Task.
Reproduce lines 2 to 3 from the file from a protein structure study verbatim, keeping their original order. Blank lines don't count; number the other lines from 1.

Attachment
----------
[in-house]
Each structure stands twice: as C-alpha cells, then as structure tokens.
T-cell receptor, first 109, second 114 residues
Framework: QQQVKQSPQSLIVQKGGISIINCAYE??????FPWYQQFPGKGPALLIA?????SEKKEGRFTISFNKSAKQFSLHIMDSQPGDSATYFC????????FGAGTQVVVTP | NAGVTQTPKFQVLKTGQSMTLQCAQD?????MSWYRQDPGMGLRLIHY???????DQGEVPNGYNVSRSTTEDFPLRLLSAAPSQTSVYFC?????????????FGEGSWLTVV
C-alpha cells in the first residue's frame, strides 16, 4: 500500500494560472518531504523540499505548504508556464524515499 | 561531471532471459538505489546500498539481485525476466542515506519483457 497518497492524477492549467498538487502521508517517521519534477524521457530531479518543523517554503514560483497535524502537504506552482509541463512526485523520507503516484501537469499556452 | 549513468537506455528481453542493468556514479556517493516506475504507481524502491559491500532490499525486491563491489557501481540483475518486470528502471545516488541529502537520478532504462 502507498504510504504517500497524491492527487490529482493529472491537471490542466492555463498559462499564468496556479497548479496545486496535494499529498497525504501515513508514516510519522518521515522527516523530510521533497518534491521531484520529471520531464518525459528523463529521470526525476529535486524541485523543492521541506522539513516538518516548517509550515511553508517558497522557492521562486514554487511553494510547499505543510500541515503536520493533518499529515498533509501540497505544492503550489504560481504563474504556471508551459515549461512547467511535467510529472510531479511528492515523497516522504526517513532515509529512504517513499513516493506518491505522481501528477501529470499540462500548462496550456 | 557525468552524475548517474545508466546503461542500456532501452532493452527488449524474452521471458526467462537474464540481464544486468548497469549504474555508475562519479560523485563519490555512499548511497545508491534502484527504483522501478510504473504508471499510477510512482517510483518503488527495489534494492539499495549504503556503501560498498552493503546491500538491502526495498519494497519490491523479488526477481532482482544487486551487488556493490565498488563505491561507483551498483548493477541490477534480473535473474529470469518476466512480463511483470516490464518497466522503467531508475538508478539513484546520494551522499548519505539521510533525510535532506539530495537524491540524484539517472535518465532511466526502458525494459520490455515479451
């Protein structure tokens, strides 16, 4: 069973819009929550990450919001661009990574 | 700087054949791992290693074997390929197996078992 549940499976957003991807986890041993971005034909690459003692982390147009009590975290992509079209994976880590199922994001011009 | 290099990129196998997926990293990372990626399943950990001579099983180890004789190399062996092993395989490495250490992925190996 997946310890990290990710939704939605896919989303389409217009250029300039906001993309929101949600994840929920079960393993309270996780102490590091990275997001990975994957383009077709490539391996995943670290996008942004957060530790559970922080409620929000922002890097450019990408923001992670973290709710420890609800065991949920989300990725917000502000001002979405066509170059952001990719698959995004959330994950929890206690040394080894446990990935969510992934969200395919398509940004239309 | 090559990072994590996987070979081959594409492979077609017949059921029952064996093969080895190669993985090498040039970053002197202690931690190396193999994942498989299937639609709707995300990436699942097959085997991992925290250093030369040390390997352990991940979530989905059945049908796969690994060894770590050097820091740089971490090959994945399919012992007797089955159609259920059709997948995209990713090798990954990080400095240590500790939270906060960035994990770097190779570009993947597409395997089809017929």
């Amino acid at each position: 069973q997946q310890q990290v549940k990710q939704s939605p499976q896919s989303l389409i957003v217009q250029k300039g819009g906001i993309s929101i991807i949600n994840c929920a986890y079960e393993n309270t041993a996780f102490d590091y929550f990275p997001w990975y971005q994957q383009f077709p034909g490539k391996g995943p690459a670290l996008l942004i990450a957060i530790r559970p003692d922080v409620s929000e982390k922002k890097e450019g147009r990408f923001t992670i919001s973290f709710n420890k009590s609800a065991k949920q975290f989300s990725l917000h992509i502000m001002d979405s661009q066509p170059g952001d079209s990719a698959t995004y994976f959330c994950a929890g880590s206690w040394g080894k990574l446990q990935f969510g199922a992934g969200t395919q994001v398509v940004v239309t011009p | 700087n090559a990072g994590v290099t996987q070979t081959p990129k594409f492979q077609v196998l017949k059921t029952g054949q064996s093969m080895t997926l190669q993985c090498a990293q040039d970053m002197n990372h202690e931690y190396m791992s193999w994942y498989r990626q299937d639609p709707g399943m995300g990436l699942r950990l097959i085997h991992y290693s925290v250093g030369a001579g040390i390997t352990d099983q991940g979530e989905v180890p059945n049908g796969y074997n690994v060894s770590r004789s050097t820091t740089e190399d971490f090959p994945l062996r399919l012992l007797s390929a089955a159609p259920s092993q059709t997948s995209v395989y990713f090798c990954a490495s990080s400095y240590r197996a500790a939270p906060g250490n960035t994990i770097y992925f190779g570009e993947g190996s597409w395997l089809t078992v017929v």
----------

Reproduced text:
Each structure stands twice: as C-alpha cells, then as structure tokens.
T-cell receptor, first 109, second 114 residues